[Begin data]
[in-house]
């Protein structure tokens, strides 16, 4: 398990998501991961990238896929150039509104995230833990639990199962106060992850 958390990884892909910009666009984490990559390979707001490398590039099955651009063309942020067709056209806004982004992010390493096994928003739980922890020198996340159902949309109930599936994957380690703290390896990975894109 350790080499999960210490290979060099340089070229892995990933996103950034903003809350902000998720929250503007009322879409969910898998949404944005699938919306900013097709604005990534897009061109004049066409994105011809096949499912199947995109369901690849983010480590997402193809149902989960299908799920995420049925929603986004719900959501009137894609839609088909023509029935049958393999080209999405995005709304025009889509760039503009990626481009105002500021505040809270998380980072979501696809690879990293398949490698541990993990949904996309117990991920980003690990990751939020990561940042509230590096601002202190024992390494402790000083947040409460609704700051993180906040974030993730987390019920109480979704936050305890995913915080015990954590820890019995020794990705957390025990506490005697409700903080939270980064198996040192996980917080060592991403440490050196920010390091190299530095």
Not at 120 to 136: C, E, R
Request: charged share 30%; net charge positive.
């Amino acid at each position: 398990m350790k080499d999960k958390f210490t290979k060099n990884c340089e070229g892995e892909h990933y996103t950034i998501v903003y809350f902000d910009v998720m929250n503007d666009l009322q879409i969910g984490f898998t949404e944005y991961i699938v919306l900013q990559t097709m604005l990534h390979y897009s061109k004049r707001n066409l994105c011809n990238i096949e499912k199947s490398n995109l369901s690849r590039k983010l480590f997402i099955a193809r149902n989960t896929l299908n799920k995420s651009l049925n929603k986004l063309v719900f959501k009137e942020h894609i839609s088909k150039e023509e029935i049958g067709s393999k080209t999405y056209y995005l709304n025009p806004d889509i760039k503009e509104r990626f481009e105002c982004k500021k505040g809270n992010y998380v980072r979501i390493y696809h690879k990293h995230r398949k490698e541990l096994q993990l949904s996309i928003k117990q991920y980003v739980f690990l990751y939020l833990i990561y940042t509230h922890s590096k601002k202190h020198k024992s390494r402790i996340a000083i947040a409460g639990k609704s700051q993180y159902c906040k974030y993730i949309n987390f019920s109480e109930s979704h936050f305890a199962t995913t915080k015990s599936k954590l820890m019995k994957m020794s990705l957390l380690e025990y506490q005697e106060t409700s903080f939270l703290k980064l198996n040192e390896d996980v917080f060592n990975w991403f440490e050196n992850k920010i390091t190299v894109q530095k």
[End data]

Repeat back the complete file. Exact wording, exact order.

[in-house]
């Protein structure tokens, strides 16, 4: 398990998501991961990238896929150039509104995230833990639990199962106060992850 958390990884892909910009666009984490990559390979707001490398590039099955651009063309942020067709056209806004982004992010390493096994928003739980922890020198996340159902949309109930599936994957380690703290390896990975894109 350790080499999960210490290979060099340089070229892995990933996103950034903003809350902000998720929250503007009322879409969910898998949404944005699938919306900013097709604005990534897009061109004049066409994105011809096949499912199947995109369901690849983010480590997402193809149902989960299908799920995420049925929603986004719900959501009137894609839609088909023509029935049958393999080209999405995005709304025009889509760039503009990626481009105002500021505040809270998380980072979501696809690879990293398949490698541990993990949904996309117990991920980003690990990751939020990561940042509230590096601002202190024992390494402790000083947040409460609704700051993180906040974030993730987390019920109480979704936050305890995913915080015990954590820890019995020794990705957390025990506490005697409700903080939270980064198996040192996980917080060592991403440490050196920010390091190299530095």
Not at 120 to 136: C, E, R
Request: charged share 30%; net charge positive.
């Amino acid at each position: 398990m350790k080499d999960k958390f210490t290979k060099n990884c340089e070229g892995e892909h990933y996103t950034i998501v903003y809350f902000d910009v998720m929250n503007d666009l009322q879409i969910g984490f898998t949404e944005y991961i699938v919306l900013q990559t097709m604005l990534h390979y897009s061109k004049r707001n066409l994105c011809n990238i096949e499912k199947s490398n995109l369901s690849r590039k983010l480590f997402i099955a193809r149902n989960t896929l299908n799920k995420s651009l049925n929603k986004l063309v719900f959501k009137e942020h894609i839609s088909k150039e023509e029935i049958g067709s393999k080209t999405y056209y995005l709304n025009p806004d889509i760039k503009e509104r990626f481009e105002c982004k500021k505040g809270n992010y998380v980072r979501i390493y696809h690879k990293h995230r398949k490698e541990l096994q993990l949904s996309i928003k117990q991920y980003v739980f690990l990751y939020l833990i990561y940042t509230h922890s590096k601002k202190h020198k024992s390494r402790i996340a000083i947040a409460g639990k609704s700051q993180y159902c906040k974030y993730i949309n987390f019920s109480e109930s979704h936050f305890a199962t995913t915080k015990s599936k954590l820890m019995k994957m020794s990705l957390l380690e025990y506490q005697e106060t409700s903080f939270l703290k980064l198996n040192e390896d996980v917080f060592n990975w991403f440490e050196n992850k920010i390091t190299v894109q530095k």